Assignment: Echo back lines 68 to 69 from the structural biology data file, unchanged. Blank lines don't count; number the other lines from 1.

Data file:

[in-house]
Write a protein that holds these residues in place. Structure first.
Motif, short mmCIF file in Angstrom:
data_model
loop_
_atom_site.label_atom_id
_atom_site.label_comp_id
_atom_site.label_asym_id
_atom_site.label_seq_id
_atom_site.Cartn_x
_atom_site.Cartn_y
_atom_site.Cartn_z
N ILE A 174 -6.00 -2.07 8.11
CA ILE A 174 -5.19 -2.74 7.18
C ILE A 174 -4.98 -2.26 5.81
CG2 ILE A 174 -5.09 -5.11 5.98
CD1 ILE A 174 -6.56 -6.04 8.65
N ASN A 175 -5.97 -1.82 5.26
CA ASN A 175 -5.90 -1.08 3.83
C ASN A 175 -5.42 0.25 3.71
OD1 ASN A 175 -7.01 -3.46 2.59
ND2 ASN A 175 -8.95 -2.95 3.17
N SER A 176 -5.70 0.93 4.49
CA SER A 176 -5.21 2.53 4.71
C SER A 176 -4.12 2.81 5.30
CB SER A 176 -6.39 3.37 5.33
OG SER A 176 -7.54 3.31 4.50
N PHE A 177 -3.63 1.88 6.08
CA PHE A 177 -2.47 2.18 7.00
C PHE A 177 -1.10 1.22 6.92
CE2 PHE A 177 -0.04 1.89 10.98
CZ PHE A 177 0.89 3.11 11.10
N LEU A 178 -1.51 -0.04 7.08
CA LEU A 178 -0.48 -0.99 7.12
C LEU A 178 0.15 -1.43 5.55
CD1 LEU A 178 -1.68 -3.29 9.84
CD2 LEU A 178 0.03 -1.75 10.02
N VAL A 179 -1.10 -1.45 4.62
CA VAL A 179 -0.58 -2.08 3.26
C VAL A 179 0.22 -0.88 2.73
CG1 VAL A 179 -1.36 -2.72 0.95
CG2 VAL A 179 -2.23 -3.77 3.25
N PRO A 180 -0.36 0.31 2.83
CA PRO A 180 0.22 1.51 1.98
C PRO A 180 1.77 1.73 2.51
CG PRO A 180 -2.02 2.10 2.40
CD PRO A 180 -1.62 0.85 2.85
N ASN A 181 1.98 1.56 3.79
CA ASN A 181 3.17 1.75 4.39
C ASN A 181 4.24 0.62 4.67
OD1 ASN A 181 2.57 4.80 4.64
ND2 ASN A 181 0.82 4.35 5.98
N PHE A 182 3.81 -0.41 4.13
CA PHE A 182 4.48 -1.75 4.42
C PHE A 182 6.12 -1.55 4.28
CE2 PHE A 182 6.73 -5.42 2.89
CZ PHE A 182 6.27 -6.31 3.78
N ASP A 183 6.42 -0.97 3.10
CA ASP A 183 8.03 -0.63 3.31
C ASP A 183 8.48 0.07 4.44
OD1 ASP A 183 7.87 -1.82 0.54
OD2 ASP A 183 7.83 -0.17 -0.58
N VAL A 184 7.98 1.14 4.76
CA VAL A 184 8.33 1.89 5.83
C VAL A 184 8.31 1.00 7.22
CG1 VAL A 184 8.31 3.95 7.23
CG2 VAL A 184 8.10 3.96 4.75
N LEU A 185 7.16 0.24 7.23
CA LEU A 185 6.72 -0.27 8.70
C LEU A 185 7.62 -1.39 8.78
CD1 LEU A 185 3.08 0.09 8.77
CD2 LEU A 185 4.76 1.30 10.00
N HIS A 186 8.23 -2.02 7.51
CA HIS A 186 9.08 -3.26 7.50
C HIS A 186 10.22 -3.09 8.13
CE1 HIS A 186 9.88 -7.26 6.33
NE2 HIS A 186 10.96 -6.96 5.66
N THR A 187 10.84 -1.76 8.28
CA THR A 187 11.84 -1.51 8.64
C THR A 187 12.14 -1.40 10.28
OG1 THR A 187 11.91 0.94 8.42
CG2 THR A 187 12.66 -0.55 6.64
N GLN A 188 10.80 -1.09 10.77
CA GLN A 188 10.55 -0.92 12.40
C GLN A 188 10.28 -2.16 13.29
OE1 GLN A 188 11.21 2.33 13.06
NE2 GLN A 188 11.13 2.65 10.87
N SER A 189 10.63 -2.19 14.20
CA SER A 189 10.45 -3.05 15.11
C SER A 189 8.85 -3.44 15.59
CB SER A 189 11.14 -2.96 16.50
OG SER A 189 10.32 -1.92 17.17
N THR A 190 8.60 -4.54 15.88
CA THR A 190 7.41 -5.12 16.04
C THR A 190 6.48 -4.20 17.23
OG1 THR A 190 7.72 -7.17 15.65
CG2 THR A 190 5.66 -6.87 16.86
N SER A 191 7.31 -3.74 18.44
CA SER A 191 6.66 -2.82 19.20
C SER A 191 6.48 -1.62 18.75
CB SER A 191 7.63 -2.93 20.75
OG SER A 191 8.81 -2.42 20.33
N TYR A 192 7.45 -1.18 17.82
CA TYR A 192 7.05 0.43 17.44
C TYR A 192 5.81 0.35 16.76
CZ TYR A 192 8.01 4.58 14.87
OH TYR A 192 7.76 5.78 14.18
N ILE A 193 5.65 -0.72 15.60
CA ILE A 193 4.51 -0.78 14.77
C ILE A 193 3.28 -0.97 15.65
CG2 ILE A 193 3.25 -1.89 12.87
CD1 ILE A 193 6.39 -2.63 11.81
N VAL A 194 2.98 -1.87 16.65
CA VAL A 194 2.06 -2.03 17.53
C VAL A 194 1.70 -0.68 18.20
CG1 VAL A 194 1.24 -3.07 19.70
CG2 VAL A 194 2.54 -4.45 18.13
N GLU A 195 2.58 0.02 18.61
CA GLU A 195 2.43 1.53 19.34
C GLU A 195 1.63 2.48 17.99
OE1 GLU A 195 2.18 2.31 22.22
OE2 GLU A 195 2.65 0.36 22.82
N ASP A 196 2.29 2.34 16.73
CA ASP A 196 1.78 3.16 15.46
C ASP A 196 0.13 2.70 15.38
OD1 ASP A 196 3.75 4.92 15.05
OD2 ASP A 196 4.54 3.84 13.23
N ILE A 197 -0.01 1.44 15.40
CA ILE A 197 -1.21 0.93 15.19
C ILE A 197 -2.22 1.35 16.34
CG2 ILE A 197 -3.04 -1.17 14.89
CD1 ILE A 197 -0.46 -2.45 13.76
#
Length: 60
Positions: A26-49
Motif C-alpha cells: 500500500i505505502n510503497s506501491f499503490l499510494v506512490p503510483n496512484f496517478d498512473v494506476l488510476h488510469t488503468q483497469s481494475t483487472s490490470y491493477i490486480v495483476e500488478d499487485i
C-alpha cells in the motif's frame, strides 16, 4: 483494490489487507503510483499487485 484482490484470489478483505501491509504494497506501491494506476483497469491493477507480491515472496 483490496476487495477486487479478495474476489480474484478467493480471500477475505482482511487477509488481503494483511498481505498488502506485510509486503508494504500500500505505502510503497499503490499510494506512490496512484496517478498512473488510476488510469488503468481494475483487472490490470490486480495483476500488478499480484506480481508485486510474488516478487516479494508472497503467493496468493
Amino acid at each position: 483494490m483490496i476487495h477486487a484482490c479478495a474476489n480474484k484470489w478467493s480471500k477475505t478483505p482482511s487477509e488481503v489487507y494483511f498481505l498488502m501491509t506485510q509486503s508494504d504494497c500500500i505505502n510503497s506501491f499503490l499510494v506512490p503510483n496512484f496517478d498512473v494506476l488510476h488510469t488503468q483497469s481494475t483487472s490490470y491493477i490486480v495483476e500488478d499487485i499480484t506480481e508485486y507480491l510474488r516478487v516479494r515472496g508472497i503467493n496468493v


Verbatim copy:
N LEU A 185 7.16 0.24 7.23
CA LEU A 185 6.72 -0.27 8.70